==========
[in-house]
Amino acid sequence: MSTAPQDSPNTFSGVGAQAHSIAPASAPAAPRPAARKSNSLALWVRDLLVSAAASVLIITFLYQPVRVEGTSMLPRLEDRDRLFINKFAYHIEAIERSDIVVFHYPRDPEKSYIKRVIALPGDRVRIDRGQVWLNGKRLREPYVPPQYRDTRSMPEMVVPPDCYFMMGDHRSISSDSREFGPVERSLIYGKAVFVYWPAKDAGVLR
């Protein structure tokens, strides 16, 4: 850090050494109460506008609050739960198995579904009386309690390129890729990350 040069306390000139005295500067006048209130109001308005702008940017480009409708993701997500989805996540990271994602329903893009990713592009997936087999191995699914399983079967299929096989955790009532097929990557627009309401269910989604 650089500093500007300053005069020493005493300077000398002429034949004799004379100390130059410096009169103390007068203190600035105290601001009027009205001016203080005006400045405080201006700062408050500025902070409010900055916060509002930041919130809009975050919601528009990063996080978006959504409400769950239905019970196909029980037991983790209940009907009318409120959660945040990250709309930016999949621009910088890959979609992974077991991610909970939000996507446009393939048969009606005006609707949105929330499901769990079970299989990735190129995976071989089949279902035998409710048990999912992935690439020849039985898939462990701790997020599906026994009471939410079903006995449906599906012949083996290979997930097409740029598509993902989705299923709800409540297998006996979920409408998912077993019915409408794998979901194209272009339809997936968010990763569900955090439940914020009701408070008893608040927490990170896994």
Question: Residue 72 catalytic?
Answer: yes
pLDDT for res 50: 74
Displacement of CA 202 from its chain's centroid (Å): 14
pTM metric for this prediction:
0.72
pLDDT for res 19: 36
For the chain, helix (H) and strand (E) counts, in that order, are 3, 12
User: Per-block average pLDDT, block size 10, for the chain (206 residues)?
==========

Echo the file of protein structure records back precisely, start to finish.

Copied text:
[in-house]
Amino acid sequence: MSTAPQDSPNTFSGVGAQAHSIAPASAPAAPRPAARKSNSLALWVRDLLVSAAASVLIITFLYQPVRVEGTSMLPRLEDRDRLFINKFAYHIEAIERSDIVVFHYPRDPEKSYIKRVIALPGDRVRIDRGQVWLNGKRLREPYVPPQYRDTRSMPEMVVPPDCYFMMGDHRSISSDSREFGPVERSLIYGKAVFVYWPAKDAGVLR
């Protein structure tokens, strides 16, 4: 850090050494109460506008609050739960198995579904009386309690390129890729990350 040069306390000139005295500067006048209130109001308005702008940017480009409708993701997500989805996540990271994602329903893009990713592009997936087999191995699914399983079967299929096989955790009532097929990557627009309401269910989604 650089500093500007300053005069020493005493300077000398002429034949004799004379100390130059410096009169103390007068203190600035105290601001009027009205001016203080005006400045405080201006700062408050500025902070409010900055916060509002930041919130809009975050919601528009990063996080978006959504409400769950239905019970196909029980037991983790209940009907009318409120959660945040990250709309930016999949621009910088890959979609992974077991991610909970939000996507446009393939048969009606005006609707949105929330499901769990079970299989990735190129995976071989089949279902035998409710048990999912992935690439020849039985898939462990701790997020599906026994009471939410079903006995449906599906012949083996290979997930097409740029598509993902989705299923709800409540297998006996979920409408998912077993019915409408794998979901194209272009339809997936968010990763569900955090439940914020009701408070008893608040927490990170896994």
Question: Residue 72 catalytic?
Answer: yes
pLDDT for res 50: 74
Displacement of CA 202 from its chain's centroid (Å): 14
pTM metric for this prediction:
0.72
pLDDT for res 19: 36
For the chain, helix (H) and strand (E) counts, in that order, are 3, 12
User: Per-block average pLDDT, block size 10, for the chain (206 residues)?